What We Can Do: Planning for World AIDS Day
December 1, 1999
World AIDS Day is an opportunity to bring together existing HIV/AIDS projects and programs and to encourage the creation of new HIV/AIDS awareness and prevention programs. The goal is to motivate individuals, communities and states to become involved in the issues surrounding HIV/AIDS. World AIDS Day can be observed in many ways. To help coordinate events in your community, refer to the following checklist.
- Research HIV/AIDS Statistics. Check with your state health
department for HIV/AIDS statistics in your area to determine how HIV/AIDS
affects you and your community. (See State & Territorial Contacts)
- Develop Partnerships. Establish or join partnerships with
individuals and organizations interested in planning World AIDS Day
activities in your community. These might include Red Cross chapters,
AIDS advocacy groups, places of worship, schools, libraries, civic associations,
hospitals, clinics, or youth groups. Call your local and state health
and education departments for leads.
- Target an Audience. Define your goals and decide who you want
to reach (for example, youth, families, elected officials, specific
demographic groups, members of a particular faith community).
- Select an Activity. Choose an activity or program that will
appeal to your target audience and one that will achieve your objectives.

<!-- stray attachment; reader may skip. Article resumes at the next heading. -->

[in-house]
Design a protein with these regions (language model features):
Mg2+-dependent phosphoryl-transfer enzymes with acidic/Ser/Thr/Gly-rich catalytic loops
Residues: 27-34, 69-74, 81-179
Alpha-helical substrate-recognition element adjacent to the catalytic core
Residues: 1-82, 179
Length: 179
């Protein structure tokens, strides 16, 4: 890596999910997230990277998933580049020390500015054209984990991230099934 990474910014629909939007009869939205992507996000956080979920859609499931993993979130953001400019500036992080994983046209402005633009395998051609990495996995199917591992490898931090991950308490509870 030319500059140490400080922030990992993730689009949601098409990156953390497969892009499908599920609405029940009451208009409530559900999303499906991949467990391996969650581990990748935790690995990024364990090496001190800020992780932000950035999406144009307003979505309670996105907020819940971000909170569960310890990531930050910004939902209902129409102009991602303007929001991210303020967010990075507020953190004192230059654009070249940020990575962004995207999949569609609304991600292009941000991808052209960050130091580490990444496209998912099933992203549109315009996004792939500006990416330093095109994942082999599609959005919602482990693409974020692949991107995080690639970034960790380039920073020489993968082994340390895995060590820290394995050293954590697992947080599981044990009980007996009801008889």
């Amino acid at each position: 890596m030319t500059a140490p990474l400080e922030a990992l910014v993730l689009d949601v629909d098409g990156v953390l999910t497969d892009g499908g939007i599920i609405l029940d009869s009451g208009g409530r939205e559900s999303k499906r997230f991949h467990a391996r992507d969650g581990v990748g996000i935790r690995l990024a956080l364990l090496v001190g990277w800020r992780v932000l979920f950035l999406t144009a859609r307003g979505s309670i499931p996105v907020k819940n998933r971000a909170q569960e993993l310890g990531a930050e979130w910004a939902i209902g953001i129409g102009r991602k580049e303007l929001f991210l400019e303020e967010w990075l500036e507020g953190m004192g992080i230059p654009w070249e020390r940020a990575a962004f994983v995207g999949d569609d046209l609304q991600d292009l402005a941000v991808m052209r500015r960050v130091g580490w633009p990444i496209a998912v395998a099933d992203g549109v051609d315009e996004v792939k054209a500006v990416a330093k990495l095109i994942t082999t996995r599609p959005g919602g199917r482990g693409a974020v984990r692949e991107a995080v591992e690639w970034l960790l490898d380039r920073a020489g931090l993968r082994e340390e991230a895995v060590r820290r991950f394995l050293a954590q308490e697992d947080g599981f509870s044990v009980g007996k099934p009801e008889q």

(See Innovative Activities, and Motivate & Educate for ideas.)
- Create a Planning Checklist. Create a timeline so you will
remain organized and will not miss deadlines. Delegate specific activities
and responsibilities when possible. Make a schedule, establish a budget,
identify organizations who will help you or co-sponsor with you. Choose
a location, estimate the number that will attend, plan and prepare materials
you will distribute, and plan advertising strategies.
- Seek Funding. To secure the necessary funds and resources,
establish partnerships to share expenses, plan fundraising events or
seek grants to fund your project. (See Fundraising Tips and Grants)
- Invite Participation. Invite members of your community, especially
those groups you have targeted. Also consider inviting a wider audience
to promote awareness of HIV/AIDS issues. Often, invitations themselves
help raise awareness or encourage others to become involved.
- Publicize Your Event. Use fliers, posters, announcements,
and radio, TV, newspaper and newsletter advertising to get the word
out. Follow up with phone calls to targeted groups. (See Sample Public Service Announcement)
- Notify the Media. Getting your messages out through television,
radio or newspaper is a highly effective way of reaching your target
audience. (See Media Outreach Guide, Sample Media Advisory and Sample News Release)
- Evaluate Your Activity. Evaluate your activity during the
planning stages as well as after the event so that next year you can
remember how to improve the process. Use your planning checklist (above)
to evaluate how well you met your objectives. On the day of your activity,
ask participants to fill out a short, anonymous evaluation form.
Please Help Us Help Others! We
want to know how many people we reach with this Resource Book. You can
help us by filling out our Event Follow-Up Report so that we can track
the effectiveness and reach of our efforts to promote HIV/AIDS awareness
through the publication of this Resource Book.
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This article was provided by American Association for World Health. It is a part of the publication Be a Force for Change.